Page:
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GO2 Celebrated 15 years!
GO2 celebrated 15 years!

As of late 2014, GO2 has achieved a decade and a half of creative advertising.

When asked about what it felt like to celebrate 15 years, Partner and Co-Founder Kacy Wells said, “I’m not surprised we’ve made it this long. When we started all those years ago, this was the plan. We wanted to establish an agency that celebrated one year, two years, five years, ten, 15 and beyond. I was confident from day one that we had a smart business strategy… and we’ve stuck to our guns. I’m thrilled we’ve made it this long and cannot wait to take it even further.”

The Top 7 tips for designing logos

1. Where’s the Brief?

Some clients may be reluctant or not educated enough to provide a detailed brief­. It is important not to give up and just proceed with a weak brief. A weak brief will almost always lead to a weak logo. The more information you gather the easier the brief will assist you in finding a solution.

2. E=MC2.

Approach a logo design as a problem-solving exercise. Research your client’s background and market.

Ask yourself questions like: What is the purpose of the logo? Who does it need to appeal to? What is the client’s goal and how can I help them achieve it? Do the visuals help accomplish the goal?

Your visual needs to be a problem-solving tool.

3. Duhhhh!

To create a memorable identity, avoid the obvious. Instead of just depicting what a company does, concentrate on what makes it unique. Analyze how your client got to be where they are and where they want to be. Look for messages that will resonate with their audience.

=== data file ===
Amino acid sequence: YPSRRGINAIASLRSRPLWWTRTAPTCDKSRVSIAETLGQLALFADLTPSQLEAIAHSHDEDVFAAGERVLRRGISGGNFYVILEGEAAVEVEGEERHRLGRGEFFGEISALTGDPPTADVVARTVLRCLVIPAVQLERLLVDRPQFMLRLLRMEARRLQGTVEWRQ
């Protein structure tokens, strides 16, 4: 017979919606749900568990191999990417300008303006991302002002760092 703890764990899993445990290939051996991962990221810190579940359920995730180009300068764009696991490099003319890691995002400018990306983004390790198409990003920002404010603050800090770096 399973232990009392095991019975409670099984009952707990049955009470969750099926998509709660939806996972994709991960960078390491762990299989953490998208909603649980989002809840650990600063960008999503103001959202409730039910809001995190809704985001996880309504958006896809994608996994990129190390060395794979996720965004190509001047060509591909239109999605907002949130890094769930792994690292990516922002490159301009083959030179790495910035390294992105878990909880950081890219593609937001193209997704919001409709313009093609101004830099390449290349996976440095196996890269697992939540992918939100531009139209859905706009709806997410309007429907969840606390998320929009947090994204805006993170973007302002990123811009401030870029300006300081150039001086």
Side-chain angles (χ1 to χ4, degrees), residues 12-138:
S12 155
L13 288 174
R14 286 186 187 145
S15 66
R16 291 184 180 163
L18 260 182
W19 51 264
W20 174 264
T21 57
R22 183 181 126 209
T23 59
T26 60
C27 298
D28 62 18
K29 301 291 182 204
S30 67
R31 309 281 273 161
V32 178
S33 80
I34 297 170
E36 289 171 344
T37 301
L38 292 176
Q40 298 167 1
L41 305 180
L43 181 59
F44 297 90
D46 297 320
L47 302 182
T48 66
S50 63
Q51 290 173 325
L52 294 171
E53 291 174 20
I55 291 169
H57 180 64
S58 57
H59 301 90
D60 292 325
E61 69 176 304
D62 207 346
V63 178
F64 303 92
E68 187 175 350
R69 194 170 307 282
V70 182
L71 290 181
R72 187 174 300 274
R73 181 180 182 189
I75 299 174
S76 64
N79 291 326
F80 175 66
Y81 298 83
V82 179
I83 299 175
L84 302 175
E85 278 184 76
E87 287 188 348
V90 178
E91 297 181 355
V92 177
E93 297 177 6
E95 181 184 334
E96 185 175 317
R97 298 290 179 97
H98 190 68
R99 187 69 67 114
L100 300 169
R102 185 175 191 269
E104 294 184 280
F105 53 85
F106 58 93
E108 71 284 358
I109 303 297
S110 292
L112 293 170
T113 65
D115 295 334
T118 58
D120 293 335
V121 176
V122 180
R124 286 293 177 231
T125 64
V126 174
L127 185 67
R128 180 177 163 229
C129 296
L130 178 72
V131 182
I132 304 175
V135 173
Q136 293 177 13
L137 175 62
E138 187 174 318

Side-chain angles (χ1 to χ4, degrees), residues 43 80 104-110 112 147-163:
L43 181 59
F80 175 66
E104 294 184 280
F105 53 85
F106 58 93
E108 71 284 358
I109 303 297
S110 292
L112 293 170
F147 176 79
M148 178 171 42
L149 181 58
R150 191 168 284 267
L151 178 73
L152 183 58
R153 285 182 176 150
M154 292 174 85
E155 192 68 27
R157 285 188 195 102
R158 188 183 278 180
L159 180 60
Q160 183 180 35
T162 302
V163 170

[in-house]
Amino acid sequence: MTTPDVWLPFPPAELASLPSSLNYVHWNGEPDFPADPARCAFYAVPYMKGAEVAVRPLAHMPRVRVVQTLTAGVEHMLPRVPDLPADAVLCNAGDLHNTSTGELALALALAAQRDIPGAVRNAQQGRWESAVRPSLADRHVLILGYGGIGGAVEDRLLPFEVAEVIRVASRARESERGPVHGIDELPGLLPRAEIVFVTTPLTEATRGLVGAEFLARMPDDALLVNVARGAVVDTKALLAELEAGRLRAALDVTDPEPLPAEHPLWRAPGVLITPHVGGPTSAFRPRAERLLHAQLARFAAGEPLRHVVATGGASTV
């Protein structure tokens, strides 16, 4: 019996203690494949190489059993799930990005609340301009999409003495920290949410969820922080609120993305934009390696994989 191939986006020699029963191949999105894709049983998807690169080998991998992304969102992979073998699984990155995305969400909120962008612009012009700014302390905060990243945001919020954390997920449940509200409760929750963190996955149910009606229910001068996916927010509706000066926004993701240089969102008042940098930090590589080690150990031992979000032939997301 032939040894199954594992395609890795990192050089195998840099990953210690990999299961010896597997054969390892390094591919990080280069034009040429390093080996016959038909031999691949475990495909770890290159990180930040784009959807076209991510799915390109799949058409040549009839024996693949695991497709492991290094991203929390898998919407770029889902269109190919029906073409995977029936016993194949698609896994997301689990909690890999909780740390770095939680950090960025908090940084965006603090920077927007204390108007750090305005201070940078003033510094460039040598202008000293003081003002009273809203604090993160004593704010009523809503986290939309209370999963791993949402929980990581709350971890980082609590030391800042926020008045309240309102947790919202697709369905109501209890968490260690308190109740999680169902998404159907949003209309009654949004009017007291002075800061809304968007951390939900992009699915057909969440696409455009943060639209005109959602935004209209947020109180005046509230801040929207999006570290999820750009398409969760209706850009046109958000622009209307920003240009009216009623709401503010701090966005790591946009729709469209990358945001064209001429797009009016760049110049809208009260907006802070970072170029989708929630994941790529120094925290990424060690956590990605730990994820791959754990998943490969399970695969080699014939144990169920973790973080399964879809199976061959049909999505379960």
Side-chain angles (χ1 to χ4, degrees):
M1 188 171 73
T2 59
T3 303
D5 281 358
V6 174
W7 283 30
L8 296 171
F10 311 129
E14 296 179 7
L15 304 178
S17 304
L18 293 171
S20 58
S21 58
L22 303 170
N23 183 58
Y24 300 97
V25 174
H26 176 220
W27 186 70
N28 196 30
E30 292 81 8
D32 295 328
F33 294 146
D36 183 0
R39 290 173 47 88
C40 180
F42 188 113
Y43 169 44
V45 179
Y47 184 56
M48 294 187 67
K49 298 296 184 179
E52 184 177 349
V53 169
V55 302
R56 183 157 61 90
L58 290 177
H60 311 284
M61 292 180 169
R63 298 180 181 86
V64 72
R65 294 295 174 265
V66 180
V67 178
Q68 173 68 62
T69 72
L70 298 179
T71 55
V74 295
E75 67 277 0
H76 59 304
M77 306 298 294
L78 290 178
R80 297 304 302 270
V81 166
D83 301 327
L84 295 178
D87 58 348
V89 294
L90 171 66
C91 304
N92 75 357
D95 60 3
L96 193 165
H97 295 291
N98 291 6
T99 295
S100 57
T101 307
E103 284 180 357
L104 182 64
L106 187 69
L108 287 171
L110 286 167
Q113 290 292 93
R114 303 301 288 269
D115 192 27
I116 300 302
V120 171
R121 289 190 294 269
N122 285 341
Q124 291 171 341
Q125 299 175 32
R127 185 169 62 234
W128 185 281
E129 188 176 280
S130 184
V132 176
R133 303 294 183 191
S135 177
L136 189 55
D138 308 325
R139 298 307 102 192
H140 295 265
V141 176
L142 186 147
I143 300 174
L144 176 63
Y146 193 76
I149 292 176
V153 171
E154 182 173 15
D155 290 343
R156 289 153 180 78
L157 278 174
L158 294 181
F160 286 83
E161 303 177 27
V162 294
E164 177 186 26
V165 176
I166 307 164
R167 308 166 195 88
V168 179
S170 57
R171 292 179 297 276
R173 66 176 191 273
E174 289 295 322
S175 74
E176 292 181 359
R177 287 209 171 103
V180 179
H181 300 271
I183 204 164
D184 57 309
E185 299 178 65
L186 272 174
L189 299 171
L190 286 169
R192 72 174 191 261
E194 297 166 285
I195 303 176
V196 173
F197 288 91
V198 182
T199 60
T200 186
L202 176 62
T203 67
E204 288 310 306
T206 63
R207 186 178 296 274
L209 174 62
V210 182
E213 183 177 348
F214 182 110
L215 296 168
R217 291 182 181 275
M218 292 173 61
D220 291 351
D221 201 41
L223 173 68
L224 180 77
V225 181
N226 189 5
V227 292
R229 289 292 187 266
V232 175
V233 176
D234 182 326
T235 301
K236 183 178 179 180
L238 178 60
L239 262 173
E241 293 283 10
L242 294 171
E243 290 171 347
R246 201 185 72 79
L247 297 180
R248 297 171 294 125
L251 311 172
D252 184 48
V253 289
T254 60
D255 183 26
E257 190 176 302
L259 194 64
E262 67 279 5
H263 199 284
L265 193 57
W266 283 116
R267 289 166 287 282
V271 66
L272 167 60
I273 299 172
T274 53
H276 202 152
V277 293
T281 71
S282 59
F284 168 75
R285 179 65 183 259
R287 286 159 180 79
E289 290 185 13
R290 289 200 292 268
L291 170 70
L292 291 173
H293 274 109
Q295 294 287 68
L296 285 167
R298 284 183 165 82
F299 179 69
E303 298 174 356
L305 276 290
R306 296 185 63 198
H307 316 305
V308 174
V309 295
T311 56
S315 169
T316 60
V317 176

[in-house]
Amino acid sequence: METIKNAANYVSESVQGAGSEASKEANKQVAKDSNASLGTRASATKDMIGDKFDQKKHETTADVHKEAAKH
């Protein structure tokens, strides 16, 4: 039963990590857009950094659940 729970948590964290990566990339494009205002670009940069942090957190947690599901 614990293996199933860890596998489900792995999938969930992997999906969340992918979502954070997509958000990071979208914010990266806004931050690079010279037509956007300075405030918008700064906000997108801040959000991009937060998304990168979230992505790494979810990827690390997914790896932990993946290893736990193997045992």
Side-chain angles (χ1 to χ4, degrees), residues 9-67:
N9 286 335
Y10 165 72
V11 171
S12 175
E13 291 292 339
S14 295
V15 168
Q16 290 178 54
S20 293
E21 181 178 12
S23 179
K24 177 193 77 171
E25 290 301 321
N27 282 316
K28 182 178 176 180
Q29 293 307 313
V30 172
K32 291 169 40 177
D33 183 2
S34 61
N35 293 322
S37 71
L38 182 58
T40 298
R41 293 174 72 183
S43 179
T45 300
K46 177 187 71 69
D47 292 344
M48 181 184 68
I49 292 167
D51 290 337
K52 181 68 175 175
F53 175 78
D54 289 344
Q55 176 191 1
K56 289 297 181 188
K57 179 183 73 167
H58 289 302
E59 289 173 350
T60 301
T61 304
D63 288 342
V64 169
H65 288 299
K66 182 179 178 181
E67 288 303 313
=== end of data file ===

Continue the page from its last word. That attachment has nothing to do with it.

4. Simple is as Simple Does.

Simple logos are usually more memorable. Think Target, Nike, Apple, etc. A memorable logo will also aid brand recognition. When designing a logo, don’t think, “What can I add to this design to make it better?” Instead, focus on what you can eliminate from the design to make it more memorable.

5. Ebony & Ivory—Perfect Harmony.

By excluding color at beginning stages it allows the design and shape to communicate the message, and not overshadow the purpose. If your design is effective, it will communicate simplistically.

6. Type-Faced.

The right structure, form, spacing and style of the font can make the design sink or swim. Type selection should never be an afterthought. A great structured typeface can really make a huge difference in the quality of your work. It’s usually better to avoid poorly made free fonts.

7. The Big Picture.

Even if your client doesn’t request it, consider how a logo could be utilized as part of an overall identity system. This allows the logo the flexibility and potential to grow with them. Plus, it opens the door for more business when the client wants their new identity on everything.